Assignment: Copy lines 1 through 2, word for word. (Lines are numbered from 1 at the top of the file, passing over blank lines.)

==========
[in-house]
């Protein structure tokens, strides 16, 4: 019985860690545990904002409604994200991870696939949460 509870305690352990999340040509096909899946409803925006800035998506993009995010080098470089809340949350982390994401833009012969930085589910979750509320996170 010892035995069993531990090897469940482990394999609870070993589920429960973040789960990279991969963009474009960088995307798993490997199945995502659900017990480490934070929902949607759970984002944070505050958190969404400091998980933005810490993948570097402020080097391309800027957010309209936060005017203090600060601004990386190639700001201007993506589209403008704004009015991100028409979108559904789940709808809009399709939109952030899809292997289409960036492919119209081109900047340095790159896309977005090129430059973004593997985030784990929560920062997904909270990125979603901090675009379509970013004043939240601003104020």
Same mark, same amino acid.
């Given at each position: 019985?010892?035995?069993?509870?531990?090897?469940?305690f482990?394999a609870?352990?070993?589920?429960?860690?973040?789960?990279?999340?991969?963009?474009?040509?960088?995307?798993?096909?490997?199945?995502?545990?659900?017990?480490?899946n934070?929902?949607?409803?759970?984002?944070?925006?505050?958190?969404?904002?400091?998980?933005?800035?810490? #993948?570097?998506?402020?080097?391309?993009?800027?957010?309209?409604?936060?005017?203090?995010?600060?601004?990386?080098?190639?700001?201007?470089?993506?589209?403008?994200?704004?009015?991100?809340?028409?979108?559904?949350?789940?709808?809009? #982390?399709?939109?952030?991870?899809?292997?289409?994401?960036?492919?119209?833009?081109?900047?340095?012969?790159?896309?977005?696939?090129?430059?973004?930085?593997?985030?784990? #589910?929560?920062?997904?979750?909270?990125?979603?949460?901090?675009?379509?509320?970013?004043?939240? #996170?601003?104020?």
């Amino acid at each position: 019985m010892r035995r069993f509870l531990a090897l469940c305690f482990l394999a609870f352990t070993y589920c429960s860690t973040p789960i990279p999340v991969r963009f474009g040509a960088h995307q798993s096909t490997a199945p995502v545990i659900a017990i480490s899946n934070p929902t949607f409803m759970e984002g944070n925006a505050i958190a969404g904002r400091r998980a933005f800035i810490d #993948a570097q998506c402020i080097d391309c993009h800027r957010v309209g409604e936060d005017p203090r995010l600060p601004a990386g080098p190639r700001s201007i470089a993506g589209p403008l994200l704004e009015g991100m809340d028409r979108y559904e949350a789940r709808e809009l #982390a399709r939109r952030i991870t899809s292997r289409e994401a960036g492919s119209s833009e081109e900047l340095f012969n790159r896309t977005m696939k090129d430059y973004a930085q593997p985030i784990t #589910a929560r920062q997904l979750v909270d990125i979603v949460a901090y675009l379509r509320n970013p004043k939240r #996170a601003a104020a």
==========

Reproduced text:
[in-house]
């Protein structure tokens, strides 16, 4: 019985860690545990904002409604994200991870696939949460 509870305690352990999340040509096909899946409803925006800035998506993009995010080098470089809340949350982390994401833009012969930085589910979750509320996170 010892035995069993531990090897469940482990394999609870070993589920429960973040789960990279991969963009474009960088995307798993490997199945995502659900017990480490934070929902949607759970984002944070505050958190969404400091998980933005810490993948570097402020080097391309800027957010309209936060005017203090600060601004990386190639700001201007993506589209403008704004009015991100028409979108559904789940709808809009399709939109952030899809292997289409960036492919119209081109900047340095790159896309977005090129430059973004593997985030784990929560920062997904909270990125979603901090675009379509970013004043939240601003104020």